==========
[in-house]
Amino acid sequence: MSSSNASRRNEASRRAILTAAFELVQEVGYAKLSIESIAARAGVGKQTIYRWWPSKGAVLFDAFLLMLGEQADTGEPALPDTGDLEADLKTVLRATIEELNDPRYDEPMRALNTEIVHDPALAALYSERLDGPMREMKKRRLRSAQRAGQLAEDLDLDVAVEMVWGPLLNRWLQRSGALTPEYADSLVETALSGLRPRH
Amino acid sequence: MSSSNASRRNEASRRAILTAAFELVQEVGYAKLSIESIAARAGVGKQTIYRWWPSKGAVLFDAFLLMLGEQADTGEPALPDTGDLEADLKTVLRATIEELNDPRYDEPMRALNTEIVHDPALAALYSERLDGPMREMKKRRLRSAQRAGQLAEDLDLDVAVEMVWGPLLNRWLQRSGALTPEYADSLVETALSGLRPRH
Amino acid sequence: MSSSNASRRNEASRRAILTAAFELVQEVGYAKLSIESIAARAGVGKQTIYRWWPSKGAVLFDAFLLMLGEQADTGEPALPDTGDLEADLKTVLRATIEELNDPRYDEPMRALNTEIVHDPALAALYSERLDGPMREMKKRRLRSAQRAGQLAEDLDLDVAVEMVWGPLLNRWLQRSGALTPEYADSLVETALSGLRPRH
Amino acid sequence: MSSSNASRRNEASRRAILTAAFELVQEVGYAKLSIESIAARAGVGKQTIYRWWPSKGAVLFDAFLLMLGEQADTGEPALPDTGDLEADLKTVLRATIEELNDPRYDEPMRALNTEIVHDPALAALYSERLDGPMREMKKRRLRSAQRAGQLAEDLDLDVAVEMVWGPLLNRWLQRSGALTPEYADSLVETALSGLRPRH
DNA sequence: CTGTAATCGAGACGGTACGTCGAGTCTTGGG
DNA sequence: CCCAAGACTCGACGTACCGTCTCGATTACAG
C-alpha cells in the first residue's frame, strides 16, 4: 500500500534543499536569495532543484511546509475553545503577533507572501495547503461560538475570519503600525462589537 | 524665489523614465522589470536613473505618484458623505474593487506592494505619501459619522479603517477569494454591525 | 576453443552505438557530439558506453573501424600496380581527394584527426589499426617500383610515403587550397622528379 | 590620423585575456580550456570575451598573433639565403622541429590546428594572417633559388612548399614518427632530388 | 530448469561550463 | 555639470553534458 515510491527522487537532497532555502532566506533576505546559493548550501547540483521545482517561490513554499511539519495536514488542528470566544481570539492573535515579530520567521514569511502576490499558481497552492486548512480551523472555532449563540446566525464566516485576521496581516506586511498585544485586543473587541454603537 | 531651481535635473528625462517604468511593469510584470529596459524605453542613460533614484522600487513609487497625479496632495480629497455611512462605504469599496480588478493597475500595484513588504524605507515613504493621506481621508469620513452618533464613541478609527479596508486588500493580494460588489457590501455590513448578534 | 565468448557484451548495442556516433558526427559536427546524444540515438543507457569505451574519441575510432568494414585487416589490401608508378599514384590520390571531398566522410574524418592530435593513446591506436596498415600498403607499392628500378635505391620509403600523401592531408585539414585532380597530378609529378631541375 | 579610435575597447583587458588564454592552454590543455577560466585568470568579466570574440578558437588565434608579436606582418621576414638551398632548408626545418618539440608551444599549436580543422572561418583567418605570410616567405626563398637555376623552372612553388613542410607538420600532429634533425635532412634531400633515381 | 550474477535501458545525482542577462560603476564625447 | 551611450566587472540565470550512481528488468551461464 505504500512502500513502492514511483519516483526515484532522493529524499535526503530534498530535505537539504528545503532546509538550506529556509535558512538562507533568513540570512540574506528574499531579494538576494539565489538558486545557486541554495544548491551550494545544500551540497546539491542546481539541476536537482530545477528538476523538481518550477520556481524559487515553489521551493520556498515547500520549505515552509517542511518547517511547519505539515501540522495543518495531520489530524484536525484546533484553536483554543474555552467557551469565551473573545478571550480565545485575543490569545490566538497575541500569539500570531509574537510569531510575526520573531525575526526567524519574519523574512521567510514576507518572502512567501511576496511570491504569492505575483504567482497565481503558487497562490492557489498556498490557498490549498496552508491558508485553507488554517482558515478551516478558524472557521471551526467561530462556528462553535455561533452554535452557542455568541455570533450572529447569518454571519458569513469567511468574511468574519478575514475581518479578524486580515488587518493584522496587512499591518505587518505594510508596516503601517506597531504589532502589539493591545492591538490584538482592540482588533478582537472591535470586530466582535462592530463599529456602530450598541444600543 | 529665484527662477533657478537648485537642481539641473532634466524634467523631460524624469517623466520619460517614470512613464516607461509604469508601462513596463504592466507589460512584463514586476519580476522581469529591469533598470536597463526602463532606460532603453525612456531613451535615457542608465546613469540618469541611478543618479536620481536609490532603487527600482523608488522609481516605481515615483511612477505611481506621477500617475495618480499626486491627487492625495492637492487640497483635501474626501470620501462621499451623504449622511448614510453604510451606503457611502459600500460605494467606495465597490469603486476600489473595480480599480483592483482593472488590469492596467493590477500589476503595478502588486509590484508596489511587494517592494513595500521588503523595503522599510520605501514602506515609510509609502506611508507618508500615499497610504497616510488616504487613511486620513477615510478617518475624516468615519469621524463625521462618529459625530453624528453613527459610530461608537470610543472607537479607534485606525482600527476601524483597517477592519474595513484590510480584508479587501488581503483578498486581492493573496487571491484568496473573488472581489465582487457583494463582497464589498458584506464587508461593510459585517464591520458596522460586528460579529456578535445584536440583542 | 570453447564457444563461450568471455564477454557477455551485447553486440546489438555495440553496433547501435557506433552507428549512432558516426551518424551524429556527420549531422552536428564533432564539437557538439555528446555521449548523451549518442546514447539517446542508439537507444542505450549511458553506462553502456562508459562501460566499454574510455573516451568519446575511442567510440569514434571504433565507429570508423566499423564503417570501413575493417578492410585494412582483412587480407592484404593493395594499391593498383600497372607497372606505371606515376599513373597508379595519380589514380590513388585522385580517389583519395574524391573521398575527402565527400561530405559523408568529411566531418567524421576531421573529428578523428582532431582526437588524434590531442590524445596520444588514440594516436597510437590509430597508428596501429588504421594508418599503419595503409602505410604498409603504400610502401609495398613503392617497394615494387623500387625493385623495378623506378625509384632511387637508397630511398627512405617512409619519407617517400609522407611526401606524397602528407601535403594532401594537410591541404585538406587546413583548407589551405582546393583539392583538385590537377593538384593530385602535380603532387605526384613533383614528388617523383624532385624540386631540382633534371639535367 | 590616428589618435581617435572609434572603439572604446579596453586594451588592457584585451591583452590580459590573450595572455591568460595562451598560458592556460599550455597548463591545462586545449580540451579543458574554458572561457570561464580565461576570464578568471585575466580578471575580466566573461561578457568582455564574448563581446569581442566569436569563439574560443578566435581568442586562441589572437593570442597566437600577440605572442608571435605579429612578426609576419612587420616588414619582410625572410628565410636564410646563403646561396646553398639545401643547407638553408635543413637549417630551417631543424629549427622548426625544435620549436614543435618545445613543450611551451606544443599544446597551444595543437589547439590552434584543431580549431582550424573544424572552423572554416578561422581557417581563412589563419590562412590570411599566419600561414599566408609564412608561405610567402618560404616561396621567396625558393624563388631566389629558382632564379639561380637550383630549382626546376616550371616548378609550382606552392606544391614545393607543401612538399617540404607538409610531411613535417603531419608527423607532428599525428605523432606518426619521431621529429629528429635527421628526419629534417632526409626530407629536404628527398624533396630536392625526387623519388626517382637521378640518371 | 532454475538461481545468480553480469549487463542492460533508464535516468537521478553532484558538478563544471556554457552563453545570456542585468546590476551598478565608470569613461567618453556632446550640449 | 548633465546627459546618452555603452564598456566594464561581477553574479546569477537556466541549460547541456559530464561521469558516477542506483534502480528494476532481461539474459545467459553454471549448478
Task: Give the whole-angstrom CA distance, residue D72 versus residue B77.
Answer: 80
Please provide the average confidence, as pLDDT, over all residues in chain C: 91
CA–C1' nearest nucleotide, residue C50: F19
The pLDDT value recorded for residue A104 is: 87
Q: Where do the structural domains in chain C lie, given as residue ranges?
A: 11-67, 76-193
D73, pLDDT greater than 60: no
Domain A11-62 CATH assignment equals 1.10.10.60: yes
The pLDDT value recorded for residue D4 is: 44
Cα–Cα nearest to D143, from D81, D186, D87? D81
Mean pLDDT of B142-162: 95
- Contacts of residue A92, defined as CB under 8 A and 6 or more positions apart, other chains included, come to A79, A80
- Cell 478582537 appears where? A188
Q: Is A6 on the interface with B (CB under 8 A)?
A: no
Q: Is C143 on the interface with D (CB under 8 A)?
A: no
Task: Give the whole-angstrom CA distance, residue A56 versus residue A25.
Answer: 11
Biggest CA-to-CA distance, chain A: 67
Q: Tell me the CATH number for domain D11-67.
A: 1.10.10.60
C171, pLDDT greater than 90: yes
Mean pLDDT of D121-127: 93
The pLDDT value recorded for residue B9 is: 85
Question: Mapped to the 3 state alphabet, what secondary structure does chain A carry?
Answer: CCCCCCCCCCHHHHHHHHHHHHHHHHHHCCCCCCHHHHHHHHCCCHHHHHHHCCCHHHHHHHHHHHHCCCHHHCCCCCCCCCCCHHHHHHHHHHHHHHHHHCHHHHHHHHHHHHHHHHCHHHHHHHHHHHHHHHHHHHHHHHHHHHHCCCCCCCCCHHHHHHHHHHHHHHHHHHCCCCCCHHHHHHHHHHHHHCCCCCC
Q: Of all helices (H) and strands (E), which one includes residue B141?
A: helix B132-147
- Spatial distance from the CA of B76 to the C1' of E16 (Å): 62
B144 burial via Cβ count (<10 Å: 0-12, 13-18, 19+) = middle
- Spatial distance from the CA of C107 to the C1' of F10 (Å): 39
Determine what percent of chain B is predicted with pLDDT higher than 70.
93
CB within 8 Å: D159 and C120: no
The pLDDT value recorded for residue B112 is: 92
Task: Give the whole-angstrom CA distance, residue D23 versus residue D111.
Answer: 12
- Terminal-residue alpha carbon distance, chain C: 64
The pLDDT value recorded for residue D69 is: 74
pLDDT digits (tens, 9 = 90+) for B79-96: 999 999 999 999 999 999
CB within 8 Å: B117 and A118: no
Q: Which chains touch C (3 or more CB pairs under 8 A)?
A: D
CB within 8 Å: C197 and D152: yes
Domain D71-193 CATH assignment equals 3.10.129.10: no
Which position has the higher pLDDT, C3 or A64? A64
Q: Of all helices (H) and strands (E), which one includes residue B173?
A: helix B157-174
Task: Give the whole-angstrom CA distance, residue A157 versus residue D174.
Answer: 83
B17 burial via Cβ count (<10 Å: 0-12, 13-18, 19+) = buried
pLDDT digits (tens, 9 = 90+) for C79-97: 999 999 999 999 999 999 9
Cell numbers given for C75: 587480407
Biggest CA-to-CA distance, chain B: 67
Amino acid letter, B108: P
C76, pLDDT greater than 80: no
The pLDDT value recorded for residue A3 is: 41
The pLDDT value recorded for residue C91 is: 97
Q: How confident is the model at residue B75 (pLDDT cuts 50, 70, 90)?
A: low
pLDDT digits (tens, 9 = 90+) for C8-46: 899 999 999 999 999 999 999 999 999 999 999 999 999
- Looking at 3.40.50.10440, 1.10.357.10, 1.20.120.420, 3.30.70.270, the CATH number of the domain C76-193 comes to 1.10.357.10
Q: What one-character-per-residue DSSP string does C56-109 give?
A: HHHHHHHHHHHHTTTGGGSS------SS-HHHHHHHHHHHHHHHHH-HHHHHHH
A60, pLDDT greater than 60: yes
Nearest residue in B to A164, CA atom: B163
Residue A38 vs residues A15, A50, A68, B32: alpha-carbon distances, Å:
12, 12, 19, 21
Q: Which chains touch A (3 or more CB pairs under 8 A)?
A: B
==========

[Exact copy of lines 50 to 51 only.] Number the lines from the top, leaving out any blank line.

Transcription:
pLDDT digits (tens, 9 = 90+) for B79-96: 999 999 999 999 999 999
CB within 8 Å: B117 and A118: no